LaGrange’s Wegienka playing for state title
By KEVIN ECKLEBERRY
It wasn’t the way Logan Wegienka wanted to attend the state-championship game.
A pair of wheelchair basketball teams met for the state title in Macon last March, and to his chagrin, Wegienka was a spectator, and not a participant.
Wegienka’s team, the West Georgia Wolverines, had hoped to make it to the championship game, but they came up short.
Wegienka and his friend Jesse Cochran were in the stands that day, and while they enjoyed the competition, it was a disappointment not being able to play.
“We weren’t able to make it to the championship last year, and me and my buddy Jesse went to watch,” said Wegienka, a senior at LaGrange High. “Just kind of sitting there and watching it, the realization hit that I’m almost done (with high school). It was definitely a feeling that I didn’t want to have again. I wanted to be out there on the floor, and not in the stands. That’s given both of us the motivation to do the best we can this year.”
Fortunately for Wegienka and Cochran, they will be on the court, and not in the stands, for this year’s state-championship game.
The two friends are members of the Henry County Hurricanes, and they’ll play the Houston County Sharks for the Georgia High School Association wheelchair championship at 3 p.m. in Macon.
It’ll be a big-time challenge for Henry County against a Houston County team that has won seven consecutive state titles.
“The Houston County Sharks, they’re an amazing team,” Wegienka said. “Their coach actually used to be a referee in the organization, and I’ve known her for years. She’s an amazing coach, and honestly just to be able to play that team that’s been on top for so long is a pleasure.”
The good news for the Hurricanes is that they know they have the ability to beat the Sharks, since they’ve already done it once.
Shortly after Wegienka joined the Hurricanes, they opened their season against the powerful Sharks and handed them a rare loss.
“We had one practice with them before our first game, and we were playing the best team in the league, that hasn’t been beaten in basketball in six years,” Wegienka said. “We somehow got the chemistry together and beat that team in the first game. When we beat them the first time, it was like holy cow, this really just happened.”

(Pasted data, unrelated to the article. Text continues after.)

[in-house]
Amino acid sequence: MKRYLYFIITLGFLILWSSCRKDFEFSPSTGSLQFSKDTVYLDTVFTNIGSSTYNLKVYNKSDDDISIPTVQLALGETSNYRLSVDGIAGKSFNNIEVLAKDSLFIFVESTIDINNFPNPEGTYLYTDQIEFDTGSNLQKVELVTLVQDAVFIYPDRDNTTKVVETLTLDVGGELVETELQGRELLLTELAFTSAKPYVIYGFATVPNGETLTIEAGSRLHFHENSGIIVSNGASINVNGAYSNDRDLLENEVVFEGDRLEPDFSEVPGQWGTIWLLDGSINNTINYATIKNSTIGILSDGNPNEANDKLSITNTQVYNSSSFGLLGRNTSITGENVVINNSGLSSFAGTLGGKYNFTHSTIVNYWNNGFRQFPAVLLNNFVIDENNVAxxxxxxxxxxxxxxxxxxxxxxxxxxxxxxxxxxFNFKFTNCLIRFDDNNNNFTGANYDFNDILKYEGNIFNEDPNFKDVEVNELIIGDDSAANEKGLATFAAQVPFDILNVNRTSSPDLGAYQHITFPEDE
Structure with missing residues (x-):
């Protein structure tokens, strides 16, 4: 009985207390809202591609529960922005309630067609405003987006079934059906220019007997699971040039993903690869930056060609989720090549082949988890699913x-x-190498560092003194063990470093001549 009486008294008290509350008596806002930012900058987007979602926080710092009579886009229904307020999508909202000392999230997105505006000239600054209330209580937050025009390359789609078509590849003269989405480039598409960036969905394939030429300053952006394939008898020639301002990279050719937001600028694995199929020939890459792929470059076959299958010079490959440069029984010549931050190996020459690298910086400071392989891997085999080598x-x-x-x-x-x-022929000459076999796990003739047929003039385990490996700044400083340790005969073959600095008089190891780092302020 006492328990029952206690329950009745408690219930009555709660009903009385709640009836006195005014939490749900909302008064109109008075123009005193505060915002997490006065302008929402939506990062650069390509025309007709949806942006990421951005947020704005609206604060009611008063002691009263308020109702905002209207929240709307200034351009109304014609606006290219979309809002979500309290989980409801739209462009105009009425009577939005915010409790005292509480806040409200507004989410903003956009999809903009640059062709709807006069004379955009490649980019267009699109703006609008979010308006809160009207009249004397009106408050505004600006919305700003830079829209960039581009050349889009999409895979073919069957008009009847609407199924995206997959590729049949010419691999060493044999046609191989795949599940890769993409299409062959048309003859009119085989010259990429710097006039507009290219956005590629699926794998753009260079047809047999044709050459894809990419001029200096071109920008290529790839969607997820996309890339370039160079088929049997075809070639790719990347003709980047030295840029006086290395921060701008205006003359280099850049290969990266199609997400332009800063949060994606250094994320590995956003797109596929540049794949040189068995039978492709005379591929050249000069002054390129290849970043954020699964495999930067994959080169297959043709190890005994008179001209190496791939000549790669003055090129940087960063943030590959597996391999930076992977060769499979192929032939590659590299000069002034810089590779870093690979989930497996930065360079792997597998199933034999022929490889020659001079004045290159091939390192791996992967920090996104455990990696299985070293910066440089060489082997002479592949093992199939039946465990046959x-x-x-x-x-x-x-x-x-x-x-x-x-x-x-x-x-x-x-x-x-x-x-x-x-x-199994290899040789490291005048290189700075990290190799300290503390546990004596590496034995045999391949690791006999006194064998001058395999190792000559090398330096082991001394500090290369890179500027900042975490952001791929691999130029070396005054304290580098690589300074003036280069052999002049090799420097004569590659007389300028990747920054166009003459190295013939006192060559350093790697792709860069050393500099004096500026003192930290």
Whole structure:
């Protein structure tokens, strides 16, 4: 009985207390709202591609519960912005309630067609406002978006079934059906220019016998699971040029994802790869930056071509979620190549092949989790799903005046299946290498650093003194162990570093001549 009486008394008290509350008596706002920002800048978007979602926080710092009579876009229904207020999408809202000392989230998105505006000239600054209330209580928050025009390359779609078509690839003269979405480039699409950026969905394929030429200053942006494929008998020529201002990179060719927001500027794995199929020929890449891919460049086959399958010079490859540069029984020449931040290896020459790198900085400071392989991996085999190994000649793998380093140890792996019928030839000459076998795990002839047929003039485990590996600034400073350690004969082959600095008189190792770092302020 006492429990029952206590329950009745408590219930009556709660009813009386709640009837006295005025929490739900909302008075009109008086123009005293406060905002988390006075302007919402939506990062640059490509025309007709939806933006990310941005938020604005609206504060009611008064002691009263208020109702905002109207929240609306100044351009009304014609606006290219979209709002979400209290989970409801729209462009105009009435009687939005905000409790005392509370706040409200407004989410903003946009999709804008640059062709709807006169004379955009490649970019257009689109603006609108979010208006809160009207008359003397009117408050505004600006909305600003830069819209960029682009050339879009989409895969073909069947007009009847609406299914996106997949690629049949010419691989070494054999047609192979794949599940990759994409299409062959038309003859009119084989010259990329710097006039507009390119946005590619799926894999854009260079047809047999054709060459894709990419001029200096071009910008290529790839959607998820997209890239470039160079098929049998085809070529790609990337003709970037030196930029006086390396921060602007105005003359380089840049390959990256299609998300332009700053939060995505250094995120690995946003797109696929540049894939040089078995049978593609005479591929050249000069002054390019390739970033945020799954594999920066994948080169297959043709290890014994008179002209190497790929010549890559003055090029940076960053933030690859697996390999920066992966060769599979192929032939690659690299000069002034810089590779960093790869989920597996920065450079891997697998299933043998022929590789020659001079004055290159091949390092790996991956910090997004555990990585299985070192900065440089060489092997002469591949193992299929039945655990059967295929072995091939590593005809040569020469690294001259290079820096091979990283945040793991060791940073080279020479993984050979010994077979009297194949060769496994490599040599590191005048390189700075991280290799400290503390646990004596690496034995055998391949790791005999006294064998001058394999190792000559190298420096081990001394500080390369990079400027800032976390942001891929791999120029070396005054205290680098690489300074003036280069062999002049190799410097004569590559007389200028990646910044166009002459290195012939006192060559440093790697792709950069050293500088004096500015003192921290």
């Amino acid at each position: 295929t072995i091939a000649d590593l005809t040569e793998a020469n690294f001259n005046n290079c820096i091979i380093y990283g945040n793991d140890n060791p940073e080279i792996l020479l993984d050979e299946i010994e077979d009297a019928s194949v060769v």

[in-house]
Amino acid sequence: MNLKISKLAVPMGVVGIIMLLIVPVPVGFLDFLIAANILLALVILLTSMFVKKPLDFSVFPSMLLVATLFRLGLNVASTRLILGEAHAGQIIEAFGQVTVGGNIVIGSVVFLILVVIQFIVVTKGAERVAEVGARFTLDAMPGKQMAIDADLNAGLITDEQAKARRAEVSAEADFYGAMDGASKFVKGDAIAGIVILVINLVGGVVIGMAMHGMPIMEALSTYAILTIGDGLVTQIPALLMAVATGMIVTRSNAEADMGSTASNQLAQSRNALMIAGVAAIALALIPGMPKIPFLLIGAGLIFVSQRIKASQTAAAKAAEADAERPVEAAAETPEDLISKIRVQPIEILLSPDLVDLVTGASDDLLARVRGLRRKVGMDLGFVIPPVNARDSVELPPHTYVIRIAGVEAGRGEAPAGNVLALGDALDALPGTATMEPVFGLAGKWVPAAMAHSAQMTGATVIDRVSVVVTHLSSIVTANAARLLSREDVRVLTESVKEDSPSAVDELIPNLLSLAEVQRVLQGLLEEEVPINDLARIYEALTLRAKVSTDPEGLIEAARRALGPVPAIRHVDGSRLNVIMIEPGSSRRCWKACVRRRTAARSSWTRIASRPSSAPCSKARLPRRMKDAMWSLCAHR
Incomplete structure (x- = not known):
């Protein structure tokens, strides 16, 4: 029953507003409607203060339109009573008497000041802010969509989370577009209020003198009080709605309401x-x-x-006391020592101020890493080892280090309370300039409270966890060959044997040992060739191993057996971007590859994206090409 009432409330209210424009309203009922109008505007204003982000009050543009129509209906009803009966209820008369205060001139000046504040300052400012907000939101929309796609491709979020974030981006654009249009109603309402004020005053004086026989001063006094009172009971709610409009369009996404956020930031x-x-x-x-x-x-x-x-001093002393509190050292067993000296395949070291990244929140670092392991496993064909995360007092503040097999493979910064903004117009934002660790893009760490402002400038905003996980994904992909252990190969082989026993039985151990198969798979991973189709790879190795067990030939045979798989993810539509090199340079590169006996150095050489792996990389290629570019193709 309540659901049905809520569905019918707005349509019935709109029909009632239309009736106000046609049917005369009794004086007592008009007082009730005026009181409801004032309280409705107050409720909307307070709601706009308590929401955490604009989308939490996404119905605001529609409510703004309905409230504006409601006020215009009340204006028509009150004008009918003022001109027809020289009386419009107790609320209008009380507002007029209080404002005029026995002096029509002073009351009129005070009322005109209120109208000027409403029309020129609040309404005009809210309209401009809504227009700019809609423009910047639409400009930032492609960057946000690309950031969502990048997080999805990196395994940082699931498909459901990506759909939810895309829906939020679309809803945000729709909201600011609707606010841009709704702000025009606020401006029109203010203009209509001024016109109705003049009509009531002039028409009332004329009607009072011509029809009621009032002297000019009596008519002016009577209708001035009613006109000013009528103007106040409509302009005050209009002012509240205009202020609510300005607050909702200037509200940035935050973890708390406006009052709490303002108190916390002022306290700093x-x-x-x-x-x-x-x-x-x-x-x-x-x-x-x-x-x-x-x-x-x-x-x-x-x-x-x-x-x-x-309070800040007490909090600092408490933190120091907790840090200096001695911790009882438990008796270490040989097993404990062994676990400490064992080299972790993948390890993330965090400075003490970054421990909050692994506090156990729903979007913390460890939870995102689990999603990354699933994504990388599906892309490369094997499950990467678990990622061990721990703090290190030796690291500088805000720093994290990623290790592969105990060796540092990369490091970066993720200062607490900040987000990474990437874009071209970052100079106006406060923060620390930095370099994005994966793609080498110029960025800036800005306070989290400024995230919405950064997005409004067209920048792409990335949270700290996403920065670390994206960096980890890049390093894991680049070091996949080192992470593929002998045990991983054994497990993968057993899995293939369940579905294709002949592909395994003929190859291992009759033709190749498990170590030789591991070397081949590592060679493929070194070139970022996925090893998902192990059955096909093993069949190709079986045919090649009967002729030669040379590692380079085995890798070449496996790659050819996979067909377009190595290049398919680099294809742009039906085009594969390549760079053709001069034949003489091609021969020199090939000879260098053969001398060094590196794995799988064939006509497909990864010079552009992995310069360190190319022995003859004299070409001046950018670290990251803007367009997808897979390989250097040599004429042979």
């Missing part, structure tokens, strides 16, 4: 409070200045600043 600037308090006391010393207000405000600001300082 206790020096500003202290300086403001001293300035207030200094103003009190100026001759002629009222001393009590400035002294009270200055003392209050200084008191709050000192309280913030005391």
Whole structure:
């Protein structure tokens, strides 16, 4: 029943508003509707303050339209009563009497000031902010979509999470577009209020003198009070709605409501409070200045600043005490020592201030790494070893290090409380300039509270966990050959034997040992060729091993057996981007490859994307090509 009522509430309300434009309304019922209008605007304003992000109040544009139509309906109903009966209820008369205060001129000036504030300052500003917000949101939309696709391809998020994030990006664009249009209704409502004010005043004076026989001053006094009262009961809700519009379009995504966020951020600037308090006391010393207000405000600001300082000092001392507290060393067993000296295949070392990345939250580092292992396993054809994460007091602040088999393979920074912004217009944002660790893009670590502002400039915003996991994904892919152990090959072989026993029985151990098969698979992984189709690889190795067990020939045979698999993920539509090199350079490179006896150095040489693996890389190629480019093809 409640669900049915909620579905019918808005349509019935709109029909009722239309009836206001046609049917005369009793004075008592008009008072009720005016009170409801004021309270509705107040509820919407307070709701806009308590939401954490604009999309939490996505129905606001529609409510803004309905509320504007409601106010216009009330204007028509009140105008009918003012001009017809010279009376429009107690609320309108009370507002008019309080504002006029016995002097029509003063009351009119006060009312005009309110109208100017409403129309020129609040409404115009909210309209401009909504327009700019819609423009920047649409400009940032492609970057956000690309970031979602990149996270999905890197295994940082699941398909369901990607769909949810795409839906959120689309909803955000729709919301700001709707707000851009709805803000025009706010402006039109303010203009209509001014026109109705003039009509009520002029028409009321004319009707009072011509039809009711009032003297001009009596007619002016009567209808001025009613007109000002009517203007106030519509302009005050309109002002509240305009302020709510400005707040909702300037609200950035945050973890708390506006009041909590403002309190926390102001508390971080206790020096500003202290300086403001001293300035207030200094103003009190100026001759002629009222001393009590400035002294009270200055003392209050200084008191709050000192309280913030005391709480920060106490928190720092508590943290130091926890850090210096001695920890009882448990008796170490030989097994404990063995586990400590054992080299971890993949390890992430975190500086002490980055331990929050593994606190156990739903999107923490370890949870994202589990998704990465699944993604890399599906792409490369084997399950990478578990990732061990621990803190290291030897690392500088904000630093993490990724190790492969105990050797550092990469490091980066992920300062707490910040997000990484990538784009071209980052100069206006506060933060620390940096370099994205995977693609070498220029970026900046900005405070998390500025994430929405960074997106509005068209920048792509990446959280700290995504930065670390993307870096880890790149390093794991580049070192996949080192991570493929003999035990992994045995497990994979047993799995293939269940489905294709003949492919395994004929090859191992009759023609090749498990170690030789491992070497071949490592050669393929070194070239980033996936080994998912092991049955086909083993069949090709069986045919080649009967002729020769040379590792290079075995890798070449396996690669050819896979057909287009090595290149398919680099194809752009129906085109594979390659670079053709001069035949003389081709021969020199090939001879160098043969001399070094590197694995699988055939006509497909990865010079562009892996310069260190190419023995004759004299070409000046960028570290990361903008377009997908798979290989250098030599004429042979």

Wegienka ended up with the Henry County team because the Wolverines didn’t field a basketball team this season.
When he found out he wouldn’t be able to play with the Wolverines, Wegienka began searching for a new team, and fortunately he landed with the Hurricanes.
Making the situation even more appealing, Wegienka was able to join a new team with his good friend and teammate, Jesse Cochran.
“When they told us that we were both going to be able to play, it was like awesome, we’re both going to be able to play our senior year,” Wegienka said. “And being able to go to the state championship, that’s just icing on top of the cake at this point.”
Wegienka has been wheelchair-bound for more than a decade after he was involved in a car accident.
Soon after Wegienka became involved in adapted sports, and over the years he has played basketball, football, and handball.
“It’s meant a lot to me,” Wegienka said of the opportunity to play competitive sports. “I told my mom I definitely wouldn’t be the person I am now if I hadn’t been playing sports. It’s made it to where I don’t just sit around thinking about it. It’s made it to where I’m active.”
For years Wegienka was a member of the West Georgia Wolverines organization, but that’s coming to a close.
Wegienka, knowing how much sports has done for him, felt the calling to make sure those who were with the Wolverines would have a chance to continue to play.
“Here recently we’ve started to develop a Troup County adapted sports team that’s getting started down here,” Wegienka said. “I’m pretty excited about that.”
Wegienka talked to LaGrange athletics director Mike Pauley about making LaGrange High the home base for a new organization, and things are progressing nicely.
“I came in here and approached coach Pauley,” Wegienka said. “The (Wolverines) just disbanded, and I thought what can I do, who do I need to talk to about getting a team started down here so that these kids can still play. It’s taken off from there. Right now we’re trying to get a budget worked up about what all we need. It looks like it’s headed in the right direction.”
Another thing Wegienka is involved in is a charity wheelchair basketball game that has been held in the LaGrange High gym the past two years.
The game, which has pitted the Wolverines against members of the LaGrange High faculty, has raised money for St. Jude Children’s Research Hospital.
This year’s game will be held on March 26.
“That just started out as a fun activity and took off from there,” Wegienka said. “Abby Simons has stepped up to the plate. She’ll be taking over all of that after I leave, so it’ll continue to move forward after this year.”
For the moment, Wegienka’s focus is on helping his team win a state title, and game day is finally here.
“I’ve been biting at the bit all week for Friday to get here,” Wegienka said. “I’m ready.”